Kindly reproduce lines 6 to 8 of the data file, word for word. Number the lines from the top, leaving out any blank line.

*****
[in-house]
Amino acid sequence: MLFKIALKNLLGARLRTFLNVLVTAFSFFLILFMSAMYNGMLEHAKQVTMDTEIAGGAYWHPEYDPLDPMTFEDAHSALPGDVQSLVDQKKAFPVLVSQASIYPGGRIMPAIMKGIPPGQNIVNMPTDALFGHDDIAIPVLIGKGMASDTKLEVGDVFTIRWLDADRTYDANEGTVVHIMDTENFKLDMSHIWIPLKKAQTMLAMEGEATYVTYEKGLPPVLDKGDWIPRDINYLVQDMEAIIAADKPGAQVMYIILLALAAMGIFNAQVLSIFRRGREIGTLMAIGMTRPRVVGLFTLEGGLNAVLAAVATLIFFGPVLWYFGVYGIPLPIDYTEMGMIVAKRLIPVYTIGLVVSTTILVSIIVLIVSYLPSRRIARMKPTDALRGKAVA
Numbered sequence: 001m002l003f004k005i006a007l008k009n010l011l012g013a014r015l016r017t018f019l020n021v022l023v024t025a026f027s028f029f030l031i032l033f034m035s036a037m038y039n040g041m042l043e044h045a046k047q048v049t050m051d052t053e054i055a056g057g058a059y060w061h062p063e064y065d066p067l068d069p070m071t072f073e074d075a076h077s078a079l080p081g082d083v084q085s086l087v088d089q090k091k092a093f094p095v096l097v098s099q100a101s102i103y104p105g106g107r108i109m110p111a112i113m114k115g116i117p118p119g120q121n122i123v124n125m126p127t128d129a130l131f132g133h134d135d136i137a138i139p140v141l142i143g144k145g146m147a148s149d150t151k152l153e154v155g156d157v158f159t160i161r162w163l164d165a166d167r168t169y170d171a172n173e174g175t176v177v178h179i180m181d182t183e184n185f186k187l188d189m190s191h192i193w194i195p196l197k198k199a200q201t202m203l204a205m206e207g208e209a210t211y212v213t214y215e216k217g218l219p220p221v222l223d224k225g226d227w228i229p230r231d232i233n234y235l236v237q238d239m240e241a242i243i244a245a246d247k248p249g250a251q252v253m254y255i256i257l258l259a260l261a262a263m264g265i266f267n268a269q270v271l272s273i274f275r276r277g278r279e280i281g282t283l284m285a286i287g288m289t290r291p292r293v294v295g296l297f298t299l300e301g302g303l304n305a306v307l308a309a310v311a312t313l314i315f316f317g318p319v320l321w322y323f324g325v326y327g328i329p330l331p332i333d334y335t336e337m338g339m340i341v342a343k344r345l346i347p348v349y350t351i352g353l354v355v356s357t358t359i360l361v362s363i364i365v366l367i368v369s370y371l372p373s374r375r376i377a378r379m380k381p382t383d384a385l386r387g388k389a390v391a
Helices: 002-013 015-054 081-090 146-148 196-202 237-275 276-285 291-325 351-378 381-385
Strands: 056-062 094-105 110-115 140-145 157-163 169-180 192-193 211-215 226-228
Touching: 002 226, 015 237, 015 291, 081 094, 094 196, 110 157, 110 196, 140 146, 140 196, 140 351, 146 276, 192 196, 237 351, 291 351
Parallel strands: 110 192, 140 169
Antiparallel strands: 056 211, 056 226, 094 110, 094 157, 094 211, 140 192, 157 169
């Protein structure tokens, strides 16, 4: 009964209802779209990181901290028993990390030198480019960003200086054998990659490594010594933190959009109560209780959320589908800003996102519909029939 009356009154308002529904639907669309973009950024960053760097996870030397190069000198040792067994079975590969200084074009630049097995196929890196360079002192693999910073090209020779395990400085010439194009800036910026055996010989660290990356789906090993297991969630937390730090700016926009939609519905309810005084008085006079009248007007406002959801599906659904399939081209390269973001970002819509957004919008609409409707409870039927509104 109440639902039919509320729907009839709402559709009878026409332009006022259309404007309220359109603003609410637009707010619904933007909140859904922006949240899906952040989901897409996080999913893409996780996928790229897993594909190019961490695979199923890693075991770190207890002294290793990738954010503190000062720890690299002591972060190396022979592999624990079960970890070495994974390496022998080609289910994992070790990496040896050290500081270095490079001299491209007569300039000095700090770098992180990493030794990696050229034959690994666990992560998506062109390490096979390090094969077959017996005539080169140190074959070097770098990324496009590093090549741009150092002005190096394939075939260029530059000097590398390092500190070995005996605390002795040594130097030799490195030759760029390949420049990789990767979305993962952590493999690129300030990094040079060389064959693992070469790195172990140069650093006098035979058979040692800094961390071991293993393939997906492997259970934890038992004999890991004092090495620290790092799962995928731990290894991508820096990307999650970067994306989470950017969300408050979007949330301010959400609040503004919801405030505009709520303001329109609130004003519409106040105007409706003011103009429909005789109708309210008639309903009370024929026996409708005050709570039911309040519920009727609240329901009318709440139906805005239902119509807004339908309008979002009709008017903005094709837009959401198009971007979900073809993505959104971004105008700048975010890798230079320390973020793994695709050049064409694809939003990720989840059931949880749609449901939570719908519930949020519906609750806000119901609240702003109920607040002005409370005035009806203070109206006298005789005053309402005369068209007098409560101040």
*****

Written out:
Touching: 002 226, 015 237, 015 291, 081 094, 094 196, 110 157, 110 196, 140 146, 140 196, 140 351, 146 276, 192 196, 237 351, 291 351
Parallel strands: 110 192, 140 169
Antiparallel strands: 056 211, 056 226, 094 110, 094 157, 094 211, 140 192, 157 169